University of Plymouth

Parkinson's Disease Research

More than one million people in the UK are affected by Parkinsons. Currently there is no cure. Help fund world class research into new therapies and interventions and give those with this condition and their families a better quality of life.
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More than one million people in the UK are affected by Parkinsons including families and friends of people with a diagnosis.

A diagnosis of the disease can be a life-changing event for an individual and their loved ones. Symptoms usually begin gradually and get worse over time. As the disease progresses, people may have difficulty walking and talking, experience tremors, rigidity and stiffness. They may also have mental and behavioral changes, sleep problems, depression, memory difficulties, and fatigue.

Currently there is no cure, but the understanding of Parkinsons and its symptom management is advancing. Here at the University our research teams are conducting world-class laboratory clinical and applied health research. This includes investigating new interventions, therapies and approaches to improve and personalise current therapies and care practice, support early disease detection, monitor disease progression and ultimately grant patients a better quality of life.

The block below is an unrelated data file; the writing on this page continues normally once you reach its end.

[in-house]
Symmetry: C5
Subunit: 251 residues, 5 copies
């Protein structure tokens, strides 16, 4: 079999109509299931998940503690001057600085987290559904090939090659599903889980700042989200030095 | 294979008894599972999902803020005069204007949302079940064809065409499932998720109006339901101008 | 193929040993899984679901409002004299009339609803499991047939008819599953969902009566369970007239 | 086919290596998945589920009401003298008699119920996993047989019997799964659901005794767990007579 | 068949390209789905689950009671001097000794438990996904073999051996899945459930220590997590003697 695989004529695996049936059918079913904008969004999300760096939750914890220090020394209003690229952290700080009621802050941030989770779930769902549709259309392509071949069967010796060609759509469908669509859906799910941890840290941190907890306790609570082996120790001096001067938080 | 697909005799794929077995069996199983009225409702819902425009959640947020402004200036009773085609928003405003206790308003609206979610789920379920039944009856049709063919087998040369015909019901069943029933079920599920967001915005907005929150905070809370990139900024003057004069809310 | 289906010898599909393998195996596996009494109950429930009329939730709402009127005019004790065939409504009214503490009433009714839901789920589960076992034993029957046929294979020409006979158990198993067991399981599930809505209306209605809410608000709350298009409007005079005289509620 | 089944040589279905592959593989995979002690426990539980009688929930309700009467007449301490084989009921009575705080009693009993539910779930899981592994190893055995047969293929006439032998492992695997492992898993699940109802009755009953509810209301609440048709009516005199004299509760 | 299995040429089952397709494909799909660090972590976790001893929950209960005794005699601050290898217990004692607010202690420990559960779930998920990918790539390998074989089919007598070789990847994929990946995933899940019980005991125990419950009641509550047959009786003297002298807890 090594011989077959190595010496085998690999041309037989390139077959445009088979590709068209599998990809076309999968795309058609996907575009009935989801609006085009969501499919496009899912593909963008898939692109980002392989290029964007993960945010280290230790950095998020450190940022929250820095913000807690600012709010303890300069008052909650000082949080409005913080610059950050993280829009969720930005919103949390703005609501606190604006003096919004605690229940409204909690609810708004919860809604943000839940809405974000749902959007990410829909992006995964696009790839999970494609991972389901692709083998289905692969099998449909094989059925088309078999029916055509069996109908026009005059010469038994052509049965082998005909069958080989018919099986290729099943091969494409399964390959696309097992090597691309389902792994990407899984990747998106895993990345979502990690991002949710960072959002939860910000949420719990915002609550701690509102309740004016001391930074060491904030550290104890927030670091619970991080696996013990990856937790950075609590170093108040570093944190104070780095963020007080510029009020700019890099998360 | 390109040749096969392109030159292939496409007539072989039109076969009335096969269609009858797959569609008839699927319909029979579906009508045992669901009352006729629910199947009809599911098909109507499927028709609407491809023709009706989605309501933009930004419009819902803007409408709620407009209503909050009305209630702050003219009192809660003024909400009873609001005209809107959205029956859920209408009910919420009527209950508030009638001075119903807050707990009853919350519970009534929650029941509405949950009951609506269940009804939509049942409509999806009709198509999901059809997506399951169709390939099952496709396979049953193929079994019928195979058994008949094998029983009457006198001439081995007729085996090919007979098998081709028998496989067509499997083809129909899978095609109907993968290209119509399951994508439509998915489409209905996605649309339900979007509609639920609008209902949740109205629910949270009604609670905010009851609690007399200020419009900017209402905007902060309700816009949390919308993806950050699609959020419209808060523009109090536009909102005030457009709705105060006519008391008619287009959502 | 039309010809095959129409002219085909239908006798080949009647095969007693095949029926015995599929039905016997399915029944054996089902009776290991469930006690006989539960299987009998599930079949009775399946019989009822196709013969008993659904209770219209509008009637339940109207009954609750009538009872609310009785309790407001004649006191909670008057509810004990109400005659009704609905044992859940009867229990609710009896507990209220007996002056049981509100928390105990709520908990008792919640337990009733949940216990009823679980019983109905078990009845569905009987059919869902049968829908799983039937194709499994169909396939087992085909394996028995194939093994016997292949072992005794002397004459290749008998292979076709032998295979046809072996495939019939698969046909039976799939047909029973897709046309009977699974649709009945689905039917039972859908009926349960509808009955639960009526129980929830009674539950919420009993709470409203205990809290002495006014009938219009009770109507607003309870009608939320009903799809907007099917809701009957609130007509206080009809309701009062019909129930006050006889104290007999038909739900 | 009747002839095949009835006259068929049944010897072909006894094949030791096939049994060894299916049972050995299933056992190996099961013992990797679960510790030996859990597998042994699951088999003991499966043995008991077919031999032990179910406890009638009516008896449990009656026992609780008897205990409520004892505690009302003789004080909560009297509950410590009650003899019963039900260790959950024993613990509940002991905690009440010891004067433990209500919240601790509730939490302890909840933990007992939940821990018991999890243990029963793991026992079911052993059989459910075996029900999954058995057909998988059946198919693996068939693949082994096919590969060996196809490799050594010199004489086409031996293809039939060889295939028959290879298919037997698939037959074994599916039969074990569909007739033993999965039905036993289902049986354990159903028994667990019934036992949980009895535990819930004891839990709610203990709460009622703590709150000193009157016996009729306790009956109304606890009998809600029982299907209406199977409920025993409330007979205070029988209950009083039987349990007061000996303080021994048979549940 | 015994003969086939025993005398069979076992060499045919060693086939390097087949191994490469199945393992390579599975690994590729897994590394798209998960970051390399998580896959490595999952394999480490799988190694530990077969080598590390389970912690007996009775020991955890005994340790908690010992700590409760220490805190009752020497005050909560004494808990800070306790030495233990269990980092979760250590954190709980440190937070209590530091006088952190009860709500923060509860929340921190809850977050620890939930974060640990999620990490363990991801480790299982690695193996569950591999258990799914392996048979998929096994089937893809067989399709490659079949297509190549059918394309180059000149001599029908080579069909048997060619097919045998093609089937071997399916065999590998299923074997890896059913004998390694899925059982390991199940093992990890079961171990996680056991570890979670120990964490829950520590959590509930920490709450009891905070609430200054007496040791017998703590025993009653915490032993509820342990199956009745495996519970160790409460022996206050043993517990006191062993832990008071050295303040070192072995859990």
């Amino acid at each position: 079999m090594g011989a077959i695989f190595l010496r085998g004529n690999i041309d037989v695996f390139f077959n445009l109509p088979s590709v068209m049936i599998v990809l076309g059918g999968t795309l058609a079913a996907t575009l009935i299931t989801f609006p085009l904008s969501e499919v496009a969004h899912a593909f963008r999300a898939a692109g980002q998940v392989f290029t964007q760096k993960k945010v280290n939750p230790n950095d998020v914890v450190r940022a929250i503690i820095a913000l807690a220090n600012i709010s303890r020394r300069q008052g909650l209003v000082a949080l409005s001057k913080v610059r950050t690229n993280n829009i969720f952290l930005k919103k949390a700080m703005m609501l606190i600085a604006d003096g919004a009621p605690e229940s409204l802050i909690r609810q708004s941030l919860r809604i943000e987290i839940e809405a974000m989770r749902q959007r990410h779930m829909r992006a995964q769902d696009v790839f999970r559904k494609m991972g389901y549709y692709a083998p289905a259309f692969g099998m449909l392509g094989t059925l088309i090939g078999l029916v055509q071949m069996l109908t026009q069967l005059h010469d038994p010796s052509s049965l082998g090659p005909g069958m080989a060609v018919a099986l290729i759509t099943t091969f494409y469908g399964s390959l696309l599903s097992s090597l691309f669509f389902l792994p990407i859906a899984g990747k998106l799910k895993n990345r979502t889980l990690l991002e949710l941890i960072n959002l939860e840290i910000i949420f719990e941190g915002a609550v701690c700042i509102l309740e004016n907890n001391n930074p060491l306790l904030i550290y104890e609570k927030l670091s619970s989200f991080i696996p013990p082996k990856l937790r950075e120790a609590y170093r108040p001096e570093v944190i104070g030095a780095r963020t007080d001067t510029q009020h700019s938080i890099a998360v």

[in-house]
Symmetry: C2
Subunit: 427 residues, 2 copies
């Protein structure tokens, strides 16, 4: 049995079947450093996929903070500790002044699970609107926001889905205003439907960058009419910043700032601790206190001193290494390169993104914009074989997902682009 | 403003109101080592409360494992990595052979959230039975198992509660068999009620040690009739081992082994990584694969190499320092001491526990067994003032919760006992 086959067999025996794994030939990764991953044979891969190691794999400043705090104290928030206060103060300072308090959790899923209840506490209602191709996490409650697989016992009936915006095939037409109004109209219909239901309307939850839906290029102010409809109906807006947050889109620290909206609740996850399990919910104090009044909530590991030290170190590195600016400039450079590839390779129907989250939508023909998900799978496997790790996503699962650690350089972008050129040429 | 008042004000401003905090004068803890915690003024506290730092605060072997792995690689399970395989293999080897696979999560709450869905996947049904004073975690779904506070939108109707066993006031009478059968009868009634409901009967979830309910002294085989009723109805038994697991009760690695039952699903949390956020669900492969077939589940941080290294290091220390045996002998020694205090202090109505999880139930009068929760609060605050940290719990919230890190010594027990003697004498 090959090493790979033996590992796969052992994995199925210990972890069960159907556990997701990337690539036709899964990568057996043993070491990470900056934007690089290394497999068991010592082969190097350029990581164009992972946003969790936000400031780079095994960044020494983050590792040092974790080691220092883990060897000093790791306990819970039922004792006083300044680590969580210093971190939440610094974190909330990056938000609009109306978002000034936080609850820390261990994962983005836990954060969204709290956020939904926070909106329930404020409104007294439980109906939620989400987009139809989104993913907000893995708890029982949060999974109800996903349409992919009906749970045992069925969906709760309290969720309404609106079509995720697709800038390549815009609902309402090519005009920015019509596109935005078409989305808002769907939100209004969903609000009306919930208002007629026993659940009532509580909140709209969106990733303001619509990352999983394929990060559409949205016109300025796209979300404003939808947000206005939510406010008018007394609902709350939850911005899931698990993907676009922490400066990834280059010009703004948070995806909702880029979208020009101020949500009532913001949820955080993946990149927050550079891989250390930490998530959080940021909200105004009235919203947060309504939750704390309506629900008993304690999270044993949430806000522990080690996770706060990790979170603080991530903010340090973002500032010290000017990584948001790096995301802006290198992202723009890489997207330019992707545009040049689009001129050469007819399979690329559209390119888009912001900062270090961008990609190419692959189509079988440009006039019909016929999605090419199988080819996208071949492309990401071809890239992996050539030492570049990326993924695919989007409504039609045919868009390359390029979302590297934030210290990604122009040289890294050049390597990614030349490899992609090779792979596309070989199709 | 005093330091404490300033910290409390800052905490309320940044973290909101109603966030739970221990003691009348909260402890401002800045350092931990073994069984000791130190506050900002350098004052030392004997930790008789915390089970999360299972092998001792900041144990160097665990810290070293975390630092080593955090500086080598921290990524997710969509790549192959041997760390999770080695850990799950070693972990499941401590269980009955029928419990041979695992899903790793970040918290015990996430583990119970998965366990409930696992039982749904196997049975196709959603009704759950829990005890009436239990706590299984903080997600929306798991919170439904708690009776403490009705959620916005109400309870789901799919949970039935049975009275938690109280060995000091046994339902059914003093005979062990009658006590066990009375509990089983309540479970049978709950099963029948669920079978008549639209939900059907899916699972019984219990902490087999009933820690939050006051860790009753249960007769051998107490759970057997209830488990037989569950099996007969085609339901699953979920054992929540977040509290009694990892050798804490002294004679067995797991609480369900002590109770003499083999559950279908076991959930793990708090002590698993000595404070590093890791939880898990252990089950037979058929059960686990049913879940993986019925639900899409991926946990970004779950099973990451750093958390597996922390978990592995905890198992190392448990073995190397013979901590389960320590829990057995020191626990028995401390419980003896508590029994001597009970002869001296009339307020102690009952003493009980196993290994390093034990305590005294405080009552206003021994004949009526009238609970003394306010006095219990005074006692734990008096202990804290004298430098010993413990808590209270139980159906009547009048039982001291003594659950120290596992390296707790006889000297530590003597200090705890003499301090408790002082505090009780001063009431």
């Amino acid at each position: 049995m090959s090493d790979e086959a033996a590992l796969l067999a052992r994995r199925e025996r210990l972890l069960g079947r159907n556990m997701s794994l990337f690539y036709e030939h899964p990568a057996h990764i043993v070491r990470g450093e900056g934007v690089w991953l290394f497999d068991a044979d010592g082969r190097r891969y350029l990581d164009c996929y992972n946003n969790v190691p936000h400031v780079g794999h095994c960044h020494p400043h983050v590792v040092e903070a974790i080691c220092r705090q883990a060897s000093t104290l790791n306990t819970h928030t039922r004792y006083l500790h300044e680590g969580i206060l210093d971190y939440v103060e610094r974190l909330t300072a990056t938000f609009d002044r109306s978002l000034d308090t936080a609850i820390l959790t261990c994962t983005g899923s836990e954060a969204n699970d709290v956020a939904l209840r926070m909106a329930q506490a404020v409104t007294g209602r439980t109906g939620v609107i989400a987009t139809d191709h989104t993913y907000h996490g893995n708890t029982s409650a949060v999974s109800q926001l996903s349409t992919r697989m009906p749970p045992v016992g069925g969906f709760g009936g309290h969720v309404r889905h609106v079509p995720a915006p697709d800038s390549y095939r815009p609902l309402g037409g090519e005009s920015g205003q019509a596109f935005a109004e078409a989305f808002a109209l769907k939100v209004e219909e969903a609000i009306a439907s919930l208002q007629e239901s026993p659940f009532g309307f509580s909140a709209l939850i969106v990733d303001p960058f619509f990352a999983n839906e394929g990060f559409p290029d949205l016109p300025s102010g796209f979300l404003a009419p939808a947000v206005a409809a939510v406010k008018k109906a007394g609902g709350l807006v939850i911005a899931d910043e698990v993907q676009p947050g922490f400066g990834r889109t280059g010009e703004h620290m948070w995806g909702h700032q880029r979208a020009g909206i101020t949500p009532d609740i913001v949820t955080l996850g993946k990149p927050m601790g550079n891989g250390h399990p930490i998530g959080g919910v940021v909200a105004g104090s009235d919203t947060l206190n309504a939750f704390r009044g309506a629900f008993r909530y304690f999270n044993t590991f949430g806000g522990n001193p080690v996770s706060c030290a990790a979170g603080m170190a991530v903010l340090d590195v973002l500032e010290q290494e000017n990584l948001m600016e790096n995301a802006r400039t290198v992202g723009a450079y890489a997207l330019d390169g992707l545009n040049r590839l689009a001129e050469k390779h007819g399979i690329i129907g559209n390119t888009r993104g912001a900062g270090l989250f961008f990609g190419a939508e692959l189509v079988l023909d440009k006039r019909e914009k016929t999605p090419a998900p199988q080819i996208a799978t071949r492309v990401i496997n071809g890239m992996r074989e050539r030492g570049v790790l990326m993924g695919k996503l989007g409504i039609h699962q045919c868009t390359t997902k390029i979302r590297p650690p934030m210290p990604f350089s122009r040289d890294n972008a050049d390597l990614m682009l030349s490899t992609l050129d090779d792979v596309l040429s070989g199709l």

Parkinson's is a horrible condition and I would not wish it upon anyone. I was diagnosed at 40, and it has robbed me of an active and productive middle age, and it will deny me a happy retirement. It has also stopped me from being the dad that I wanted to be to my three children, and it has taken away from my wife the happy, sociable, active man that she married 30 years ago Mark Hoar

Listen to John Whipps story, diagnosed at 54

To find out more about the University of Plymouth's research visit our website

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About the charity

The University of Plymouth aims to transform lives through education and research.

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